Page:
The Atlantic Politics & Policy Daily: Rahm-Com

Chicago Mayor Rahm Emanuel announced that he will not seek reelection.

Paul Beaty / AP

Written by Elaine Godfrey (@elainejgodfrey), Madeleine Carlisle (@maddiecarlisle2), and Olivia Paschal (@oliviacpaschal)

Today in 5 Lines

  • In an explosive new book by journalist Bob Woodward, Trump administration officials and aides are quoted criticizing the president and questioning his ability to lead. The White House said the book was “nothing more than fabricated stories.”

  • The first day of confirmation hearings for Trump’s Supreme Court nominee, Brett Kavanaugh, got off to a rocky start: Democrats objected to the proceedings, citing the late release of documents, and dozens of protesters interrupted senators.

  • Arizona Governor Doug Ducey named former Senator Jon Kyl to succeed the late Senator John McCain.

  • Chicago Mayor Rahm Emanuel announced that he will not seek reelection.

  • White House Press Secretary Sarah Huckabee Sanders said the administration is “closely monitoring” an imminent major Syrian regime attack on rebel holdouts.

Race We’re Watching

Voters in Massachusetts are heading to the polls to cast their ballots in a number of primary elections, but all eyes are on the state’s 7th district. Democrat Ayanna Pressley, a 44-year-old African American woman and a member of the Boston City Council, is challenging longtime progressive incumbent Representative Mike Capuano. While there isn’t much daylight between the two, policy-wise, Pressley’s campaign is confident that she has the kind of “lived experience” voters are looking for.

Polls close at 8 p.m. ET.

Today on The Atlantic

  • Enough Is Enough: There is a new campaign underway to destroy the legitimacy of the American media, writes Meet the Press’s Chuck Todd. It’s time for the press to fight back.

  • Teaching White Kids About Race: A new book explores how progressive white families are perpetuating racism, despite their best intentions. (Joe Pinsker)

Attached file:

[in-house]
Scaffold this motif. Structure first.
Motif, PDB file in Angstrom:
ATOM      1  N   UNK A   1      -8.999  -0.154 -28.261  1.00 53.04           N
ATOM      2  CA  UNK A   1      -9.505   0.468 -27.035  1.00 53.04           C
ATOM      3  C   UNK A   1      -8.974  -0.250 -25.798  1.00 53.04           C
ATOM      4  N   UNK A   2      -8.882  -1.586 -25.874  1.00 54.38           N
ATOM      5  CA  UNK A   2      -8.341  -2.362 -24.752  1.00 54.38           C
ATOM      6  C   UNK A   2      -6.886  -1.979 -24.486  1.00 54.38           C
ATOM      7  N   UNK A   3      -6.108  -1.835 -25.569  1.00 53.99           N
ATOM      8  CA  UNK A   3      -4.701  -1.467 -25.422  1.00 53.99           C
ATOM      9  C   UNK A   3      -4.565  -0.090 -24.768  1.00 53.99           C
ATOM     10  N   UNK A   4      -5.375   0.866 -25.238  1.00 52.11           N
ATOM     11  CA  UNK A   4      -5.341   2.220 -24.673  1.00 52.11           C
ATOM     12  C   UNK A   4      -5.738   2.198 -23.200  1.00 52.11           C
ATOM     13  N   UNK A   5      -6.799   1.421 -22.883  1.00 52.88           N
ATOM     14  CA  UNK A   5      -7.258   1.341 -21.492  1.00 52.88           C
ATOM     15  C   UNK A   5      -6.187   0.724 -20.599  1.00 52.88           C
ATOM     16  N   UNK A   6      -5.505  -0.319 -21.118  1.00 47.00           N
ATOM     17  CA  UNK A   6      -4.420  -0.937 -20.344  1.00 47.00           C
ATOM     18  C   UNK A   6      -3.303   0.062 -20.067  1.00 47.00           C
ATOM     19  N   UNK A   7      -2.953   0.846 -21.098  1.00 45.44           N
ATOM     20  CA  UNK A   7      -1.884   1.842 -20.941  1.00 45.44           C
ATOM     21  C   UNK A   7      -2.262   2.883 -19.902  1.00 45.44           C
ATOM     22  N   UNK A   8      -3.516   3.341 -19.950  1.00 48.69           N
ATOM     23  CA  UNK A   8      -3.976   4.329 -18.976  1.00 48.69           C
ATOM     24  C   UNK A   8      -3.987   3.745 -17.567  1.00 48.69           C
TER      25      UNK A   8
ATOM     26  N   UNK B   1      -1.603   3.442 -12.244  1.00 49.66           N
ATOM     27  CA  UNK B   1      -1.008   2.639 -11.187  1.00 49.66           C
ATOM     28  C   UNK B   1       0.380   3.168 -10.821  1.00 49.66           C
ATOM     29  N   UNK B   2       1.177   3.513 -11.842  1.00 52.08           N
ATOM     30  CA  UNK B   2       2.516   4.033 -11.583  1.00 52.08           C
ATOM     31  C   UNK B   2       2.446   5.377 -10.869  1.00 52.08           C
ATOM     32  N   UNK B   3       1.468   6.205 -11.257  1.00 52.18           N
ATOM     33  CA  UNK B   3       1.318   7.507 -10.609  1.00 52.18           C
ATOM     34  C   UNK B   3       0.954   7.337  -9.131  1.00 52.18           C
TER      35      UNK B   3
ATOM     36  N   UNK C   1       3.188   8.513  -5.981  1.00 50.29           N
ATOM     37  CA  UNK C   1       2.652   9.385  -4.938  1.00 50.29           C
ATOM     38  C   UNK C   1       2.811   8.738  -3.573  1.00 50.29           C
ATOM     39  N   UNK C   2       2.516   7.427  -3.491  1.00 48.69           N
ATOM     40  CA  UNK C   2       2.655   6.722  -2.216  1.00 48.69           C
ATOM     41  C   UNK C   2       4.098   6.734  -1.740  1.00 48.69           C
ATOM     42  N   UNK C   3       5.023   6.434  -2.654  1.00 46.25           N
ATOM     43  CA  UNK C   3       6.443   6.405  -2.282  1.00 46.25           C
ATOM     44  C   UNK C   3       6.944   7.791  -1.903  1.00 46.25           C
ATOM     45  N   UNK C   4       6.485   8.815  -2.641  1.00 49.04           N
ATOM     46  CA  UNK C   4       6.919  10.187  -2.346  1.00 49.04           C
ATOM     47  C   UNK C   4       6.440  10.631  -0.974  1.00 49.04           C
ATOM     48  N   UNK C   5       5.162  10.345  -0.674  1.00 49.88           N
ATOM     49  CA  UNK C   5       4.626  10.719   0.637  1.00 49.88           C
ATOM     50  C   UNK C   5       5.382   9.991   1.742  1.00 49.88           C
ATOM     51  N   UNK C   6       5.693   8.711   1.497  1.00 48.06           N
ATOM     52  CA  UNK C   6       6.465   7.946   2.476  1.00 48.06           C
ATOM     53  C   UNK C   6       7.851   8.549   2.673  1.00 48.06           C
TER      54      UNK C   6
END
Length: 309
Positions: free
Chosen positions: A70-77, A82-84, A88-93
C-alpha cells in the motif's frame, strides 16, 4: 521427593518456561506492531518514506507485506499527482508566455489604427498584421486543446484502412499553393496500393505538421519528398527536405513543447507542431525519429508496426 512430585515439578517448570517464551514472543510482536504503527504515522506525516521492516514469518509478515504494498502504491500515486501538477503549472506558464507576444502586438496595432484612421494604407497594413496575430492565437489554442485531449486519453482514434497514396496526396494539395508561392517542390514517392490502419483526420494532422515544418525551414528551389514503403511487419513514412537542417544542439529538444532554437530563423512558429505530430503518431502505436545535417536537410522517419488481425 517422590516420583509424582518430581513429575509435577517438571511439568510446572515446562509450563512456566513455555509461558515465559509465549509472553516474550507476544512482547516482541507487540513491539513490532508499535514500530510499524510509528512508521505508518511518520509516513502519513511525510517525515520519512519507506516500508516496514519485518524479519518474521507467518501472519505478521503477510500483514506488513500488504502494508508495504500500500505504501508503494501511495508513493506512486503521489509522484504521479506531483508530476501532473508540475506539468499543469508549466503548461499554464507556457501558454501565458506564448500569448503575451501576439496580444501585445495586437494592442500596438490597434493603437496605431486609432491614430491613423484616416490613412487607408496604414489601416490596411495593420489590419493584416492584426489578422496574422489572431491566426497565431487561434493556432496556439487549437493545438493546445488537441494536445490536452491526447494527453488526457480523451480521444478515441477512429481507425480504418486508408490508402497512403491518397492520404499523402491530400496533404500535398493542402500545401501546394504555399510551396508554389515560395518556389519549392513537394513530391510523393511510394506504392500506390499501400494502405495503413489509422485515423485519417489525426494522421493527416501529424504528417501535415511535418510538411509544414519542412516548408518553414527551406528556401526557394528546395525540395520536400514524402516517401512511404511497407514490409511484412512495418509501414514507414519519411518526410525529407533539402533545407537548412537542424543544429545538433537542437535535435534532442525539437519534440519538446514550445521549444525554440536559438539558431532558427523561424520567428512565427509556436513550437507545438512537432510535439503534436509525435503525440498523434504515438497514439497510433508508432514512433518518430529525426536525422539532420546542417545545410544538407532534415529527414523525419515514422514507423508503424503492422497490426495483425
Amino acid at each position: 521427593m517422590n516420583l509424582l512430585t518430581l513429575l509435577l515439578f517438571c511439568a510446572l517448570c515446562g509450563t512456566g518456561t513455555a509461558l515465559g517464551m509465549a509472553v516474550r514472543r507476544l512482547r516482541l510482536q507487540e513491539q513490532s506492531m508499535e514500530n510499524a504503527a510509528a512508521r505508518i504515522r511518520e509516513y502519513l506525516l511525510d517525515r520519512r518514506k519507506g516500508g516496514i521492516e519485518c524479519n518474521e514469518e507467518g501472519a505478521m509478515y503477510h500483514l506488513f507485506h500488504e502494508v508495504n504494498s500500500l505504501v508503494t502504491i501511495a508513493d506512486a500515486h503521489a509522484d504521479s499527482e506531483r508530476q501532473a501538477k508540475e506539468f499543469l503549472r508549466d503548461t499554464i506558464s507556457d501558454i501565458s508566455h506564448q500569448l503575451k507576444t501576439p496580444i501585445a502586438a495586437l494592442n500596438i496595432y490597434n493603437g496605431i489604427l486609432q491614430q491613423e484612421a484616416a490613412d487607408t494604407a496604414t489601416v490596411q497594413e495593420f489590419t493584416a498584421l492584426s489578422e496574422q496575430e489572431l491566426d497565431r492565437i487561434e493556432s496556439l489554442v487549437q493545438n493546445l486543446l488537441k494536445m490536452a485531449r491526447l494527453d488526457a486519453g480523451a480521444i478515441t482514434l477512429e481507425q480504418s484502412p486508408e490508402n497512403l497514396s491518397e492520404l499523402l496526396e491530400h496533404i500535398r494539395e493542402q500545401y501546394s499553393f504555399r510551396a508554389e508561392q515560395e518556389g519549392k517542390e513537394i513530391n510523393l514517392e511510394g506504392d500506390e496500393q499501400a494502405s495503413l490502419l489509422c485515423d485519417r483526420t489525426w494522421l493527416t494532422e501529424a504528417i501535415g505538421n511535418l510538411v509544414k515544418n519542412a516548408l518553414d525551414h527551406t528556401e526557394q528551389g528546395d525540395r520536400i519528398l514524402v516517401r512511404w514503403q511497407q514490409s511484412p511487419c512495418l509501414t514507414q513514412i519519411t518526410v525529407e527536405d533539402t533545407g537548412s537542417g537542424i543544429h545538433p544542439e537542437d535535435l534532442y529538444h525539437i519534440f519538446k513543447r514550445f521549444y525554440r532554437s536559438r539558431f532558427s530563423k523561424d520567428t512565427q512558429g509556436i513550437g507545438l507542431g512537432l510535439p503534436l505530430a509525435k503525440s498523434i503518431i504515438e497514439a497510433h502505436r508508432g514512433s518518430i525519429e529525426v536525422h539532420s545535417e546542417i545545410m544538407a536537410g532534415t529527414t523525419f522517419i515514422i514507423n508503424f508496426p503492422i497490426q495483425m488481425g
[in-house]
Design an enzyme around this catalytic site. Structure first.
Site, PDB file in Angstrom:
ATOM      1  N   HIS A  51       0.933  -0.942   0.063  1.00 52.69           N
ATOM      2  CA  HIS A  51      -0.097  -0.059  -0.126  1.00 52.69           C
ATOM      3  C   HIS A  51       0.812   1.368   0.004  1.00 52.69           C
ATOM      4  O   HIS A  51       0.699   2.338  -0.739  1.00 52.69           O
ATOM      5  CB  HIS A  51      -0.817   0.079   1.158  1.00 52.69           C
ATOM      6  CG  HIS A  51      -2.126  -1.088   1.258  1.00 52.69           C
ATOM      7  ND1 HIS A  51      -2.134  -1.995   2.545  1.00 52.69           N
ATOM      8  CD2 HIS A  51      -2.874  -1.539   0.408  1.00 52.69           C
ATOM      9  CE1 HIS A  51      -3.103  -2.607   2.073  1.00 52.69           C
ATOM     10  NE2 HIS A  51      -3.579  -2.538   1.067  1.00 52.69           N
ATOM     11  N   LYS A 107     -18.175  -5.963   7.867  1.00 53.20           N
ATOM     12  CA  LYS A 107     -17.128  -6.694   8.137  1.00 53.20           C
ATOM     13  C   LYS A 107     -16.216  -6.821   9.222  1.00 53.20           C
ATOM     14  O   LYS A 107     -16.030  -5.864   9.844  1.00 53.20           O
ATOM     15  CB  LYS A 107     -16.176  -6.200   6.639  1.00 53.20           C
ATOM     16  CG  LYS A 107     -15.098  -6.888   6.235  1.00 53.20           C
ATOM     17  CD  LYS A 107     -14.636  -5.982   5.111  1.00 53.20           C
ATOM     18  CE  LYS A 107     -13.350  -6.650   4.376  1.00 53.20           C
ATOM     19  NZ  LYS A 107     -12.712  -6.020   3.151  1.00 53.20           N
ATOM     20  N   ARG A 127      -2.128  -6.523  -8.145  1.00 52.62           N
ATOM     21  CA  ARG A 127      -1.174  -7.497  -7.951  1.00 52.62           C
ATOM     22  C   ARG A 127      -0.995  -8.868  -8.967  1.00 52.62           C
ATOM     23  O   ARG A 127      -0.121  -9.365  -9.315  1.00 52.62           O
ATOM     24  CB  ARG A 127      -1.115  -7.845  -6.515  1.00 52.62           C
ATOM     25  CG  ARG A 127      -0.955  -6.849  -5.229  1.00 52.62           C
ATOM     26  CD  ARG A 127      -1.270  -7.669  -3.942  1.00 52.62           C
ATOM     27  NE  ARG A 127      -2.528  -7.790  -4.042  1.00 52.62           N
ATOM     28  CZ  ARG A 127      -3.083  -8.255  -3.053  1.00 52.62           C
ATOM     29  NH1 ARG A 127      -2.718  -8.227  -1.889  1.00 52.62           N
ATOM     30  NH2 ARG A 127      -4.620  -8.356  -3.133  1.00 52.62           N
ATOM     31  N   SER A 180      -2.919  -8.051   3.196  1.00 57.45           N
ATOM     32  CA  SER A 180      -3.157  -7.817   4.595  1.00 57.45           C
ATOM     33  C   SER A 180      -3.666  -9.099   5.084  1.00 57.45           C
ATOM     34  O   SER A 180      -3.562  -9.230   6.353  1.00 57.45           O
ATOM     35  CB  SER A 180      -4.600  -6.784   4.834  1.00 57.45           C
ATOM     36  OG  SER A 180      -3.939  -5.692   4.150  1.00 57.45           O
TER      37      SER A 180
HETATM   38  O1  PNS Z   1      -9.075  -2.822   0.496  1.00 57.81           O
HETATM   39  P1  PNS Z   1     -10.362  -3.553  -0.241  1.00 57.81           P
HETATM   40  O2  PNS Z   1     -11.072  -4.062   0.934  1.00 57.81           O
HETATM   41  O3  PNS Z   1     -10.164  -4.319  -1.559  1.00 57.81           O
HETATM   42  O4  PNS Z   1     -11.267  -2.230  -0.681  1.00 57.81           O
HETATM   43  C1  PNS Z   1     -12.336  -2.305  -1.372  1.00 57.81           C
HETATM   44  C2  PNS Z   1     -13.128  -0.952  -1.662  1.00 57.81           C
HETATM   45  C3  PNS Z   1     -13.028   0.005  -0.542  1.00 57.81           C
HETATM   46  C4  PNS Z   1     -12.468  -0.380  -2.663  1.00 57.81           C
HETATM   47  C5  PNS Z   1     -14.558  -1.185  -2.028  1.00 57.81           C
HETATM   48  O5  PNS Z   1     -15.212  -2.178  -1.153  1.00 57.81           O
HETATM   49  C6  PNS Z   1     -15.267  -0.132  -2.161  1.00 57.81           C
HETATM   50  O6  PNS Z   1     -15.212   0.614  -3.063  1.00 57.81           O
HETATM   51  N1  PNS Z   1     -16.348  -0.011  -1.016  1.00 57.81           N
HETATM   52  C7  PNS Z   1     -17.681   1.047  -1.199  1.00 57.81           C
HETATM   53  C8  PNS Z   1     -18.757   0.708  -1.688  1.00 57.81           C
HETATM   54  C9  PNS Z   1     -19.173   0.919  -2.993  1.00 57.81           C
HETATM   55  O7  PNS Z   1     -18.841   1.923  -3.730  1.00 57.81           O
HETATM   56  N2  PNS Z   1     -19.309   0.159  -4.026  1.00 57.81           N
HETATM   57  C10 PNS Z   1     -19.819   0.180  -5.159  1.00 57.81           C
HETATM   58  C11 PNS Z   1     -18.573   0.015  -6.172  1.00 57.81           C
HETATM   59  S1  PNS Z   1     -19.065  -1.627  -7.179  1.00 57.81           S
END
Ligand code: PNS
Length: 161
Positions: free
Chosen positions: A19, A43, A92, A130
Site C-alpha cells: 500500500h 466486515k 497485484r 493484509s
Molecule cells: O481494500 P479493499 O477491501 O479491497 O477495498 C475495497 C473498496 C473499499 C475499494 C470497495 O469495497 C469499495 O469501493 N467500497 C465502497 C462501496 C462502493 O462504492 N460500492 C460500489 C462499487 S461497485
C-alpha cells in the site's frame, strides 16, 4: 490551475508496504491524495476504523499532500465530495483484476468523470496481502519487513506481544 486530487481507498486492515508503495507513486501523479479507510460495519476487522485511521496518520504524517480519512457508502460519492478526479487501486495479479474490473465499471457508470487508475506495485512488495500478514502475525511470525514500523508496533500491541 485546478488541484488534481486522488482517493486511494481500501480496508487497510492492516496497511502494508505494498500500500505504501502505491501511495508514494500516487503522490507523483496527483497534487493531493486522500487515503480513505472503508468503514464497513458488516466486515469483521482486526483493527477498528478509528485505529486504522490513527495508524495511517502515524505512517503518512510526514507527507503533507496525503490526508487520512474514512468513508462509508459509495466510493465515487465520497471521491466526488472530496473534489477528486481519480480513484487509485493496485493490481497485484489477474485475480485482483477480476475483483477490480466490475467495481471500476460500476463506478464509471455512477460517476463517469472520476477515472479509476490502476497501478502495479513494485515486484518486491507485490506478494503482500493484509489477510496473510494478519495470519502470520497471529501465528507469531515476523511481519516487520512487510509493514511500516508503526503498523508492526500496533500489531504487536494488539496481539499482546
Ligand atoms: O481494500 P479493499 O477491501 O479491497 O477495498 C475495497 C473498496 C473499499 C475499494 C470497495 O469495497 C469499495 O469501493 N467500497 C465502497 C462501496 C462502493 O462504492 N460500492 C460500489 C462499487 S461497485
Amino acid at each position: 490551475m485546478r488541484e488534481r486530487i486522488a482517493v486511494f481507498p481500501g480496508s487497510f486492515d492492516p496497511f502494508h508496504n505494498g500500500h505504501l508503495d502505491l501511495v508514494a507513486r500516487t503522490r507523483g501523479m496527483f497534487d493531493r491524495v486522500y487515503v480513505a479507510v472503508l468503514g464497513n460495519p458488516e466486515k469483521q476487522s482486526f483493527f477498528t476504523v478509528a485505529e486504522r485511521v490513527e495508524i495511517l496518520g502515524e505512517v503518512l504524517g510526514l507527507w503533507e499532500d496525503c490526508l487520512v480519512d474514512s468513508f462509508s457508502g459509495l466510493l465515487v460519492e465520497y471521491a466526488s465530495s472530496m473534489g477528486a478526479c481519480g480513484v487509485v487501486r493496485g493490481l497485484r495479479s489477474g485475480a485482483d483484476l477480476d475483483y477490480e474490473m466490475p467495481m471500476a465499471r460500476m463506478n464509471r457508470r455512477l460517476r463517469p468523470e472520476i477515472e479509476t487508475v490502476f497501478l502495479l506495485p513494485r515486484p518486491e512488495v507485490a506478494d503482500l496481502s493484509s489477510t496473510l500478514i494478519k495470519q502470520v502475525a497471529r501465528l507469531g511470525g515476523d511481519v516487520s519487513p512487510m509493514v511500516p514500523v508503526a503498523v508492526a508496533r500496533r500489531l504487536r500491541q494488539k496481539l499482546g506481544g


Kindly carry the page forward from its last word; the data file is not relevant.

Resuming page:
• ‘The Second Redemption Court’: The current Supreme Court appears to be prioritizing theoretical liberty over the lives of people of color, writes Adam Serwer.

  • Proud Corruption: With a new tweet, President Trump openly admitted his desire for the government to ditch the rule of law and support him politically. (David A. Graham)


Supreme Court nominee Brett Kavanaugh, center, listens during a Senate Judiciary Committee hearing on Capitol Hill. Manuel Balce Ceneta / AP

What We’re Reading

What Would You Ask Kavanaugh?: Eight legal scholars lay out the questions they’d put to President Trump’s Supreme Court pick. (Matt Ford, The New Republic)

Racist Dog Whistles?: The left labels Ron DeSantis’s comments racist because it doesn’t have the factual foundation to debate policy issues, argues Dennis Prager. (National Review)

Unlearned Lessons from 2016: There’s a high risk that midterm campaigns will be hacked this election cycle, and yet there hasn’t been a single hearing on campaign cybersecurity. (Pema Levy, Mother Jones)

It’s Football Season: Colin Kaepernick may never play in the NFL again, but the protest movement he inspired will live on in a new, multiyear deal with Nike. (Kevin Draper and Ken Belson, The New York Times)


Trump and the Judiciary: President Trump could 'flip' the Supreme Court with the confirmation of Brett Kavanaugh. But that's not the only court he's had an impact on so far. (Jasmine C. Lee, The New York Times)